Ore types and more terms
2 weeks back, I wrote a little about how we handle ores in the lab, then a brief introduction on how ores are usually formed. You can check that out here: https://read.cash/@Hanzell/back-to-ores-31469493
So before I go off discussing ore types and all, I want to make this one big differentiation between minerals and ores since they’re both naturally occurring metal sources. First off, minerals are defined. They have names, a structure and a definite composition. You can easily tell minerals apart through basic geologic tests, meanwhile ores are just rocks. Just a clump of dirt and sediments or geothermally fused matter together that contain one or multiple minerals. In an industrial definition, ore is a rock that has metal concentrations that are high enough for extraction.
A mineral will always be an ore but not all ores will ever be minerals since minerals often have pure metals. In metallurgy and back when I was still studying geology, this was always emphasized during fieldwork since us students always pick up useless rocks, or so our seniors and instructors always said.
Anyways, on the discussion of ore types, I’ll just base on the metallurgical classification because it applies to both minerals and ores.
If we’re going to classify minerals, we should know that there are oxides, sulphides, carbonates and sulphates. Although there are other types like silicates and chlorides, these four are the most commonly mined minerals and are of the greatest industrial priorities.
In terms of reactivity, we can easily say that chlorides and oxides are the easiest to extract metals from since oxygen and most halogens are usually quite reactive.
As for sulphides and sulphates, these are quite a problem when it comes to metal processing. Since these mineral types aren’t that reactive, they’re often converted to oxides or chlorides through the use of perchloric acid, or through the use of peroxides or any other powerful oxidizing agent. Even back in the lab, metals from sulphides usually get longer pretreatment and digestion methods.
Then for silicates… Well, these are minerals that rarely ever need processing since they come in crystal forms so you can see why metal manufacturers almost never make use of this unless the business is a jewelry processing company. Although I have heard of some cases that a mineral crystal is still processed and converted to metal due to the extreme scarcity, but with the rise of metal recycling, this has been minimized since it’s a bit too energy and chemically consuming of a process.
This is a simplified chart to look at when extracting metals from its ores. Source
Hopefully by this section of the blog, you can understand which forms are easier to extract from, but before moving onto the actual extraction process, one needs to understand the importance of the metals and non-metals reactivity. Back in my undergrad years, this chart was basically one that everybody needed to know by heart because then, we would know if the experiment we’re designing would yield anything. The chart goes like this:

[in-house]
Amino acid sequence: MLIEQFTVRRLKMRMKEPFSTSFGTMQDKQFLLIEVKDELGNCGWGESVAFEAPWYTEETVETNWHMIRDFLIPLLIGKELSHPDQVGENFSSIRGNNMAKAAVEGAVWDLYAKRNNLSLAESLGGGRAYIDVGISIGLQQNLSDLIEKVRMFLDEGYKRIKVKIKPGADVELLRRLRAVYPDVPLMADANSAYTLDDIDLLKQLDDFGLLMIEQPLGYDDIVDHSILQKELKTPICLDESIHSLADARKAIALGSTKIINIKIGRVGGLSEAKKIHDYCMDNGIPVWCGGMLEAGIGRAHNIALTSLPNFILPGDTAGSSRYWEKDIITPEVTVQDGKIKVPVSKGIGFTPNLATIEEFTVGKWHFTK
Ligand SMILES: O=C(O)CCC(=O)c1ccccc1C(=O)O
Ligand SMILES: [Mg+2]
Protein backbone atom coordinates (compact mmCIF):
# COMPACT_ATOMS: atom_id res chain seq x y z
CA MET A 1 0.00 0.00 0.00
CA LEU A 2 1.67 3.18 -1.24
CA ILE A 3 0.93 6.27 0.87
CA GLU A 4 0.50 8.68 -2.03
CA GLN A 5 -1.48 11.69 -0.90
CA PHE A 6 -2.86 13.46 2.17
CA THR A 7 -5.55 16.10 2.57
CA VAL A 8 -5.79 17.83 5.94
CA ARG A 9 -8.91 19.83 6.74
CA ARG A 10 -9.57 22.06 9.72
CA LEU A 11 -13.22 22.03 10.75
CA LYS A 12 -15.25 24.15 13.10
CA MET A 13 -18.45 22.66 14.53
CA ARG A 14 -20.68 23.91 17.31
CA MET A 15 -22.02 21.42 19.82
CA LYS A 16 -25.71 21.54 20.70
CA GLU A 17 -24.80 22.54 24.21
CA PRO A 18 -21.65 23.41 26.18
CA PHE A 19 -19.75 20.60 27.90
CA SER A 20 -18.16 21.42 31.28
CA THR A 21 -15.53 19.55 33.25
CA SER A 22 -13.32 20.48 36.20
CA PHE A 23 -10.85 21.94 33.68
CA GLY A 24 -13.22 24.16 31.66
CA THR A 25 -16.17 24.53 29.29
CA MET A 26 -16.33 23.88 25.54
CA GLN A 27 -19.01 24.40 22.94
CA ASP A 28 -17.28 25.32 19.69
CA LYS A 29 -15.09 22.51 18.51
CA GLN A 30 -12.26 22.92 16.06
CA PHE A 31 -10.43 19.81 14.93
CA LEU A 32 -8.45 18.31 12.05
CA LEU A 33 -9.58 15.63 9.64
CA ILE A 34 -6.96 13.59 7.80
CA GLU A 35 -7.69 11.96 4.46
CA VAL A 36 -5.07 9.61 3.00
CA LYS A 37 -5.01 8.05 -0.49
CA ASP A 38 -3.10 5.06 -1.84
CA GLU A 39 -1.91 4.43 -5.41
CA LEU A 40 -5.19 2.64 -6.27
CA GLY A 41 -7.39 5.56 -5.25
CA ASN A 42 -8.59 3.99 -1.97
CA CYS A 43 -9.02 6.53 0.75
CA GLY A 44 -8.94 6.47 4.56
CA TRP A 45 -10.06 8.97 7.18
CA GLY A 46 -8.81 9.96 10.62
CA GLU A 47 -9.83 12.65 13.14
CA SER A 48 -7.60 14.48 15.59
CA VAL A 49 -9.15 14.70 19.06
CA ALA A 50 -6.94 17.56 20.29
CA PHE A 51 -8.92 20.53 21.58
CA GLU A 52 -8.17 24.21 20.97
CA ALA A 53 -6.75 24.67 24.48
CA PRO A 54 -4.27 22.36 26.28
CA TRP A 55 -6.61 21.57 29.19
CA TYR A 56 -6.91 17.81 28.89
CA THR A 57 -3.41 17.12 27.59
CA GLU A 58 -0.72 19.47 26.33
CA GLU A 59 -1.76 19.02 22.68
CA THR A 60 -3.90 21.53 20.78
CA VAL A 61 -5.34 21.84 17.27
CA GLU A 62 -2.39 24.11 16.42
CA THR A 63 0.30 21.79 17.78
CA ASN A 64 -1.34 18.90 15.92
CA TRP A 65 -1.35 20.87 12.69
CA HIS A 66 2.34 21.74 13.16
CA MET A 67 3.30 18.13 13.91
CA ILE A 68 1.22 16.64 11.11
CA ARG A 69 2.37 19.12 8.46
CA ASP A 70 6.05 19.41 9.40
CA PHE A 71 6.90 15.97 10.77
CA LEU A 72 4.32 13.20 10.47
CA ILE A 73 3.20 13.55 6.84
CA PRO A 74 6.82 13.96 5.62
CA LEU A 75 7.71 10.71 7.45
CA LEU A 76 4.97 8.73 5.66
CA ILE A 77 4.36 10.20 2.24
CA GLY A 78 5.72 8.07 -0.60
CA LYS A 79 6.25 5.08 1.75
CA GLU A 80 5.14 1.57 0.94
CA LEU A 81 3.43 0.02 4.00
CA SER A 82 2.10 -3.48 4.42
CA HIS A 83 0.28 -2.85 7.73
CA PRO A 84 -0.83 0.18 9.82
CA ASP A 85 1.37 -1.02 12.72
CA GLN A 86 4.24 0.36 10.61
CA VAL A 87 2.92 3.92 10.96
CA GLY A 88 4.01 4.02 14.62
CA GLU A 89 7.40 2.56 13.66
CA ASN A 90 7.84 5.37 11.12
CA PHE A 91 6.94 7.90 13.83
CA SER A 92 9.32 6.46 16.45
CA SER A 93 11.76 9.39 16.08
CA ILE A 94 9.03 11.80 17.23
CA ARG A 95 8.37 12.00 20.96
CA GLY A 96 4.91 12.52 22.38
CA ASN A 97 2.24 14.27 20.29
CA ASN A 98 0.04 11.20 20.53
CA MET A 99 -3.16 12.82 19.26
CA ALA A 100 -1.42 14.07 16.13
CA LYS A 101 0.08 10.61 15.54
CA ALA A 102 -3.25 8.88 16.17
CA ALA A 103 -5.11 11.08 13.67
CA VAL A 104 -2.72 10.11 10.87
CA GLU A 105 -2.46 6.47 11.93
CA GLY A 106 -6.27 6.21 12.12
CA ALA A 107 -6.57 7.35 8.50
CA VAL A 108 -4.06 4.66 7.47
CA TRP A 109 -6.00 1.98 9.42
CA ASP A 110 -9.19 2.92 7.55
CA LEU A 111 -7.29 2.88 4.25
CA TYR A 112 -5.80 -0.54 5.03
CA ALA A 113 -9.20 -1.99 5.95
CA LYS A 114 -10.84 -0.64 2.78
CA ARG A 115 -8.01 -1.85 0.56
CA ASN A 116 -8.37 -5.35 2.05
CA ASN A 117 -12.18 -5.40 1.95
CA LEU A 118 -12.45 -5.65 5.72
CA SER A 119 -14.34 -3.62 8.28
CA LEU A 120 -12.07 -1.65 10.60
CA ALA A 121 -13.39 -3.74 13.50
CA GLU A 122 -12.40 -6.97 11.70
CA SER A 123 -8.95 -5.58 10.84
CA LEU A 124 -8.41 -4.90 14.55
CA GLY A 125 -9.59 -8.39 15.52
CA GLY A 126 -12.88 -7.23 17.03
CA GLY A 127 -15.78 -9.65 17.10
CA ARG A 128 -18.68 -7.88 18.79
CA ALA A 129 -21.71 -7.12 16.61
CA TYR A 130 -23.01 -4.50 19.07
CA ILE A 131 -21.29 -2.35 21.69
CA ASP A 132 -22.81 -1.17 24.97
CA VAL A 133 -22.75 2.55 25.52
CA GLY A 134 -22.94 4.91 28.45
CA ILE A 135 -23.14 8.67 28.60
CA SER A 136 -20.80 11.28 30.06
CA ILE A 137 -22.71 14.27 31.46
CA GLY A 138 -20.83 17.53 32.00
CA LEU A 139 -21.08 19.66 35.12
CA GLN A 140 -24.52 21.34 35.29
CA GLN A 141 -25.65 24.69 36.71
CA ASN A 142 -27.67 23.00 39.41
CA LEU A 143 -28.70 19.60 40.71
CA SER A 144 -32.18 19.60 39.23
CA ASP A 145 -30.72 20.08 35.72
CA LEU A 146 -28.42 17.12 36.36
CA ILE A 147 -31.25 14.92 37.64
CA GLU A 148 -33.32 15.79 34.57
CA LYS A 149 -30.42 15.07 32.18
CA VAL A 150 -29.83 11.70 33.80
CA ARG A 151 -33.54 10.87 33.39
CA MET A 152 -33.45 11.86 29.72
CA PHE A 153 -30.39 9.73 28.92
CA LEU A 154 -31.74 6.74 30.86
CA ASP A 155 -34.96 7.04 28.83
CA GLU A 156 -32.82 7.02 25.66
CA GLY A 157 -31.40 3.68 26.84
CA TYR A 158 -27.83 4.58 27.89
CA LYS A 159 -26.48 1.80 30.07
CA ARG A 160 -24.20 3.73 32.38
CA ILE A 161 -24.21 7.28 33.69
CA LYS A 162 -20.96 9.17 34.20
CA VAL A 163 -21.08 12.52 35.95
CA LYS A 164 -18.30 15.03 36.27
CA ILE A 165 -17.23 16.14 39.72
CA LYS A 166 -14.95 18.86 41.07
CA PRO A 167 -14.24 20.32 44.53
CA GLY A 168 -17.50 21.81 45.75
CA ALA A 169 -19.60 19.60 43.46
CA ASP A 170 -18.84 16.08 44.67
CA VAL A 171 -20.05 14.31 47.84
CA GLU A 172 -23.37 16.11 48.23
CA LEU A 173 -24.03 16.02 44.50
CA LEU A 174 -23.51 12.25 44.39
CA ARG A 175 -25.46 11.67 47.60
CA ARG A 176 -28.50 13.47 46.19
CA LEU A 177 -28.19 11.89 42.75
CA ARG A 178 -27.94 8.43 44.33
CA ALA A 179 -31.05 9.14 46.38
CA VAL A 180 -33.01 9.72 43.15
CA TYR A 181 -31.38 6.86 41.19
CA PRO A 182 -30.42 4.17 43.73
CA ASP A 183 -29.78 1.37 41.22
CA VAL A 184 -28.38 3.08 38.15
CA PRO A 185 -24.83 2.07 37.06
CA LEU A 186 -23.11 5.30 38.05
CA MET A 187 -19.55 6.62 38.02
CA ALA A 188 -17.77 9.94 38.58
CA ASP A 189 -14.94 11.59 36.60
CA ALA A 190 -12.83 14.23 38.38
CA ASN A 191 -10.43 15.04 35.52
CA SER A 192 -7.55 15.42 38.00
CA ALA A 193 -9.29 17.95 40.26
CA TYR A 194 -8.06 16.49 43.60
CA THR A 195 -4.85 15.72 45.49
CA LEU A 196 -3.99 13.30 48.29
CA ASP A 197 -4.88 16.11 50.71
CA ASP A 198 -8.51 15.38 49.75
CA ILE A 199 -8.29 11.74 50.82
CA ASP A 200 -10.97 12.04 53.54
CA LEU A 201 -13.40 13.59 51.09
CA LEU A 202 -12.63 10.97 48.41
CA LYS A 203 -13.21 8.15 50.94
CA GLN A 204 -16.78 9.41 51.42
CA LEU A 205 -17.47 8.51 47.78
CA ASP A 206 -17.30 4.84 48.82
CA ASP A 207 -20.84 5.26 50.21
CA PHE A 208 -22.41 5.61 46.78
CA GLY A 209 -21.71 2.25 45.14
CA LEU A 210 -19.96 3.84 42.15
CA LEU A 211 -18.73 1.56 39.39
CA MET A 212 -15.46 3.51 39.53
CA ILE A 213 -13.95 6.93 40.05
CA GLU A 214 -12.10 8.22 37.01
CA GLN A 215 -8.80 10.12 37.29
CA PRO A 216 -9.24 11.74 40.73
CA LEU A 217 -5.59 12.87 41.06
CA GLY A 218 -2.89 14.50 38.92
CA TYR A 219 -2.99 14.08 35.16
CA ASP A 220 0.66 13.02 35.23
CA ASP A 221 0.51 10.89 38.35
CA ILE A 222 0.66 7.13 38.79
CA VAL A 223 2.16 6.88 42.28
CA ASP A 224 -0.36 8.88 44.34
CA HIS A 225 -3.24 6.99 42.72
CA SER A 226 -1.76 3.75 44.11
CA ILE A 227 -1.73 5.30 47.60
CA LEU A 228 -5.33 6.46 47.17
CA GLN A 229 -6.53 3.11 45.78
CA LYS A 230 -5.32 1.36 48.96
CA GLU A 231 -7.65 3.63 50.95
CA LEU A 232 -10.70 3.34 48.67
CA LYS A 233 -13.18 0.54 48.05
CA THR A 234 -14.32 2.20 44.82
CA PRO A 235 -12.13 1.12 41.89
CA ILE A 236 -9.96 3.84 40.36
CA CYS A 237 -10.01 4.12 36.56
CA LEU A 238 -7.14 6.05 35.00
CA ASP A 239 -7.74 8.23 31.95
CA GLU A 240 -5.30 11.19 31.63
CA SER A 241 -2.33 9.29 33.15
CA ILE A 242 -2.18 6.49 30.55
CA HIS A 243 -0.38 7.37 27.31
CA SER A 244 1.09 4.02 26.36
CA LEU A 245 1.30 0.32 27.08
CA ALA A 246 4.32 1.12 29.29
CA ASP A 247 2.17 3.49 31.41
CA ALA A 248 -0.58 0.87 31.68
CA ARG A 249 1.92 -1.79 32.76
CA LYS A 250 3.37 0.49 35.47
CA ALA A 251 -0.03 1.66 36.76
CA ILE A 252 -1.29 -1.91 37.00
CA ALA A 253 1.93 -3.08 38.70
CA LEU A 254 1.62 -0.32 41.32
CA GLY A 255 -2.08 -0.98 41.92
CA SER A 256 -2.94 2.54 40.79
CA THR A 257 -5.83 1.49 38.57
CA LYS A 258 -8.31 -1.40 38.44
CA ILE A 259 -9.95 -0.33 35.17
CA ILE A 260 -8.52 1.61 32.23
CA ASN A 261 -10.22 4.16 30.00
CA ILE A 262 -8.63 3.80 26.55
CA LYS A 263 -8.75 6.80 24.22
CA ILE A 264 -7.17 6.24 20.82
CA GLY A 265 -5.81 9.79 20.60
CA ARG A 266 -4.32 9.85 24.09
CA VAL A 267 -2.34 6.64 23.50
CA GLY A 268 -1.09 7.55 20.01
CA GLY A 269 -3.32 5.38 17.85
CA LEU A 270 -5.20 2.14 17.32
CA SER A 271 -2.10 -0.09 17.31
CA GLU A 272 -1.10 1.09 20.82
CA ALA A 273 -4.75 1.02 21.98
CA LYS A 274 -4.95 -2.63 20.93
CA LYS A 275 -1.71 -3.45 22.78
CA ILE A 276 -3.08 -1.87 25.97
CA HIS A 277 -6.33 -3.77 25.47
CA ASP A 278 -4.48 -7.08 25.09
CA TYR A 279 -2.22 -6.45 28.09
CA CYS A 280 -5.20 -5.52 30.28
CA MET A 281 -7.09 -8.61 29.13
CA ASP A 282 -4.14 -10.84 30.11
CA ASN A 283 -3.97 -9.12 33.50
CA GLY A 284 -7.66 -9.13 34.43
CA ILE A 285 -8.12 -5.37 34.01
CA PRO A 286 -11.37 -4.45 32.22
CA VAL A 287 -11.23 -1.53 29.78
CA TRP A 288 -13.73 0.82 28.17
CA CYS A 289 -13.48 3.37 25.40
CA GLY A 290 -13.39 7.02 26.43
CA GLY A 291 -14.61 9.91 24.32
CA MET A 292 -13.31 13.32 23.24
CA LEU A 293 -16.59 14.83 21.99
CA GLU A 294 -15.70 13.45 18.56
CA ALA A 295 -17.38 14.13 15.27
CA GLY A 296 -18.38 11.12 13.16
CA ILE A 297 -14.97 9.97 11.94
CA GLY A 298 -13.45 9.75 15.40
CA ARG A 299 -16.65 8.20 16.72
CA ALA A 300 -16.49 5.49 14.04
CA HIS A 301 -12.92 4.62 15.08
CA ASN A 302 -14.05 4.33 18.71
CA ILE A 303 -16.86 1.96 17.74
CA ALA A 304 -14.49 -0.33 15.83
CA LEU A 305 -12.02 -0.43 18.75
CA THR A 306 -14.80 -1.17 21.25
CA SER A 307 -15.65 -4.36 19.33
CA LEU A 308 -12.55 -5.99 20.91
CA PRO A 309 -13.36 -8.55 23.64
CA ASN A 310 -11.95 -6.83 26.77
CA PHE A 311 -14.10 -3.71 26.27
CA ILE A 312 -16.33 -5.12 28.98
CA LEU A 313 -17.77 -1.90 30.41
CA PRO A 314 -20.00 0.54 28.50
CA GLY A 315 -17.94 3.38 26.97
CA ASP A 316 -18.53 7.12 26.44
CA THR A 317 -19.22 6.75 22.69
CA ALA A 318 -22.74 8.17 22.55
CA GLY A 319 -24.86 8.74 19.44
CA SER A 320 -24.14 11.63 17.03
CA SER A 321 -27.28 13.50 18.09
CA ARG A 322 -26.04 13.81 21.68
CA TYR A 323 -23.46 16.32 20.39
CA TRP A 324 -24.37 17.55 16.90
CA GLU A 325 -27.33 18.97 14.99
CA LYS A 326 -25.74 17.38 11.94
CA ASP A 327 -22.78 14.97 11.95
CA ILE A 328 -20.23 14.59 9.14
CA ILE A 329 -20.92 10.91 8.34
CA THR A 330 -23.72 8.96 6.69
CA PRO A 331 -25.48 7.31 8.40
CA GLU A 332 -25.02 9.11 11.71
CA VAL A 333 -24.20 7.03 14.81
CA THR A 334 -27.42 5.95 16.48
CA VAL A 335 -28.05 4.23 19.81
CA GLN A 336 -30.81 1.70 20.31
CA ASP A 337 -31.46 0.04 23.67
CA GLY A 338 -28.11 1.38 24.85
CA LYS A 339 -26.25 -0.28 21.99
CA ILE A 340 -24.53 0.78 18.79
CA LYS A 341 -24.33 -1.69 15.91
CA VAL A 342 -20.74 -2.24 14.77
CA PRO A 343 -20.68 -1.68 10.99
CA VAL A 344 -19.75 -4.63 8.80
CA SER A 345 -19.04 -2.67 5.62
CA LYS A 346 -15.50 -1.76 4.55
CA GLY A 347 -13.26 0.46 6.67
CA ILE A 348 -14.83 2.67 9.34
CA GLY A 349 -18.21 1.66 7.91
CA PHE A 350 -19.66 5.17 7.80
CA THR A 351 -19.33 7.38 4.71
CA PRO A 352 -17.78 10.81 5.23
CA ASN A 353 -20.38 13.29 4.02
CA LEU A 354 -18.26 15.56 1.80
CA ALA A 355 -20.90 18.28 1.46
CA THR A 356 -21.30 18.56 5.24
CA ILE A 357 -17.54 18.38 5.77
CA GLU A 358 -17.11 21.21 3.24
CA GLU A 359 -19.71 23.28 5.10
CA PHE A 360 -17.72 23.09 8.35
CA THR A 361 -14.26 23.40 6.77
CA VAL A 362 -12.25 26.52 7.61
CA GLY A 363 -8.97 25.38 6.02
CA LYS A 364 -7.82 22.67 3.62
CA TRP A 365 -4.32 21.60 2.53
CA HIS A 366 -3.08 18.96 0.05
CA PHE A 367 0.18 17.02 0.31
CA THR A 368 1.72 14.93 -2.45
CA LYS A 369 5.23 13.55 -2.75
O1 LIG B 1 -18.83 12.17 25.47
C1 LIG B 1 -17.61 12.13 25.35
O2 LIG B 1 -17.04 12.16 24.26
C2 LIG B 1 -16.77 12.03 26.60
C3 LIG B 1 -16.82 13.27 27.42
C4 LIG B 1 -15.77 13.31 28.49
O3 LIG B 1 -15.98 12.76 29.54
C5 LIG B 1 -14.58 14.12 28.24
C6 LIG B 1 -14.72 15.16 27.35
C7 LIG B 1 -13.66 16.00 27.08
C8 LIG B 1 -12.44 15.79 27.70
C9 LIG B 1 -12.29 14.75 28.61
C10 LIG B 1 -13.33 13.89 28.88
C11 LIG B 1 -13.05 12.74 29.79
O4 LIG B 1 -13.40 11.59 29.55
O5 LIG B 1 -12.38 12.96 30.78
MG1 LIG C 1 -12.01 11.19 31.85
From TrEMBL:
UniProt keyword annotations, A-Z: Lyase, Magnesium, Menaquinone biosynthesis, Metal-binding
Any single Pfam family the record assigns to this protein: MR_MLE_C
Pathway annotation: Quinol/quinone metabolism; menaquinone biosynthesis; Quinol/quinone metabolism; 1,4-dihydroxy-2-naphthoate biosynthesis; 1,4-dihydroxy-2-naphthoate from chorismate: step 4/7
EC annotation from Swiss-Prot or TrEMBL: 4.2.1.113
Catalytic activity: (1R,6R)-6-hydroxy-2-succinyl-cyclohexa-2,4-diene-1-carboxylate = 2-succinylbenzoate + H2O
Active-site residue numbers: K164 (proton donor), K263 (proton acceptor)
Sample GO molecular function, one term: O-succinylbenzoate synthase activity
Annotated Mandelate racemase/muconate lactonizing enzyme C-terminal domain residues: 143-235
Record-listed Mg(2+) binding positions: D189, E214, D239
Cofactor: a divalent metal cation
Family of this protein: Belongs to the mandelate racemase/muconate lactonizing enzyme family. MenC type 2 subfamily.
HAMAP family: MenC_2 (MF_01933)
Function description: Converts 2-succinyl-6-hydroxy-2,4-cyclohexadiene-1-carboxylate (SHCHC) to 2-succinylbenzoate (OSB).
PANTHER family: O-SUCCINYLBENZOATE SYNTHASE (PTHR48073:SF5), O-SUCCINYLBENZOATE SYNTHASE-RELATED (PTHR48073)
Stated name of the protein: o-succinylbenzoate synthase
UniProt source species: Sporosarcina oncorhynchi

Forgive my handwriting XD I'm just basing on my notes here from my undergrad years
To sum it up, the ones at the bottom of this chart cannot be easily replaced by the one on top of it. Nor can they easily bind with non metals. That’s why gold, platinum and silver can exist on their own. Other metals not mentioned here, the ones on the lower part of the periodic table, can also exist in their elemental form, and I think it’s pretty cool. This form is called their native form and in the rare cases that they do bind, they are referred then classified as refractory or non-refractory ores. So many terms, I know XD
Such is the way of chemistry and mineralogy!
Last few terms!
So a refractory ore, to put simply, are metals with extremely high melting points. This is due to their crystalline structure and in the way their atoms are arranged. Although if we talk about metals and atoms, they usually tend to be compressed,but with these metals, there’s enough space in their structures to allow them to vibrate. So they can easily shake off some of the extra energy (heat) until their heat capacity is exceeded and their atomic structure breaks apart through melting. In an industrial setting, extracting refractory ores is never desirable because of the amount of energy and heating a company would use just to process this ore.
the periodic table with refractory metals | source
As for non-refractory ores, these are one that can still undergo chemical processing. Like in the case with gold where it can still be extracted through the addition of cyanide. This is still profitable because cyanide is much cheaper than high energy smelts and ovens. Which is why this is more favorable in the industry.
As of late (around 2013 onwards, I do think the industry has shifted to looking for greener alternatives for metal extraction, especially in terms of refractory ores since bioreactors have come into industrial use, so are biologically produced metal leaching agents. Maybe next time, I’ll write about that too, but for now, this is all from me! Thank you for reading up to here!
Next time, I’ll really write about metal extraction, I just got distracted by terms here.
Originally posted in hive UwU